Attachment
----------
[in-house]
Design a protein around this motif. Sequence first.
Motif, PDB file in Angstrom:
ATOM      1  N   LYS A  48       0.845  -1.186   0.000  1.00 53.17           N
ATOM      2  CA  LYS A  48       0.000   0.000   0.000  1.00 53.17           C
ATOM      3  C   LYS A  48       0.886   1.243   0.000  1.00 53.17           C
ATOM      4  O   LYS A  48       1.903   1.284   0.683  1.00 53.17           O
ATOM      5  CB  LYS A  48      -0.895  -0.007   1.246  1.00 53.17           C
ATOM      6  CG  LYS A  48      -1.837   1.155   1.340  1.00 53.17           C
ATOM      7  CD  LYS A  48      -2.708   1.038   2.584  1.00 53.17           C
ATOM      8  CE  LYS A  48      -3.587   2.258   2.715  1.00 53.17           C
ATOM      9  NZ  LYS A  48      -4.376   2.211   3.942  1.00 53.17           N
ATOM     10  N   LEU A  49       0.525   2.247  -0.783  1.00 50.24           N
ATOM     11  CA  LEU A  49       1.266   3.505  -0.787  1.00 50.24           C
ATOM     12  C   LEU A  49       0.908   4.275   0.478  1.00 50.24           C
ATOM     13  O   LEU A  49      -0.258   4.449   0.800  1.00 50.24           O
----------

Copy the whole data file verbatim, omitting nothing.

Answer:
[in-house]
Design a protein around this motif. Sequence first.
Motif, PDB file in Angstrom:
ATOM      1  N   LYS A  48       0.845  -1.186   0.000  1.00 53.17           N
ATOM      2  CA  LYS A  48       0.000   0.000   0.000  1.00 53.17           C
ATOM      3  C   LYS A  48       0.886   1.243   0.000  1.00 53.17           C
ATOM      4  O   LYS A  48       1.903   1.284   0.683  1.00 53.17           O
ATOM      5  CB  LYS A  48      -0.895  -0.007   1.246  1.00 53.17           C
ATOM      6  CG  LYS A  48      -1.837   1.155   1.340  1.00 53.17           C
ATOM      7  CD  LYS A  48      -2.708   1.038   2.584  1.00 53.17           C
ATOM      8  CE  LYS A  48      -3.587   2.258   2.715  1.00 53.17           C
ATOM      9  NZ  LYS A  48      -4.376   2.211   3.942  1.00 53.17           N
ATOM     10  N   LEU A  49       0.525   2.247  -0.783  1.00 50.24           N
ATOM     11  CA  LEU A  49       1.266   3.505  -0.787  1.00 50.24           C
ATOM     12  C   LEU A  49       0.908   4.275   0.478  1.00 50.24           C
ATOM     13  O   LEU A  49      -0.258   4.449   0.800  1.00 50.24           O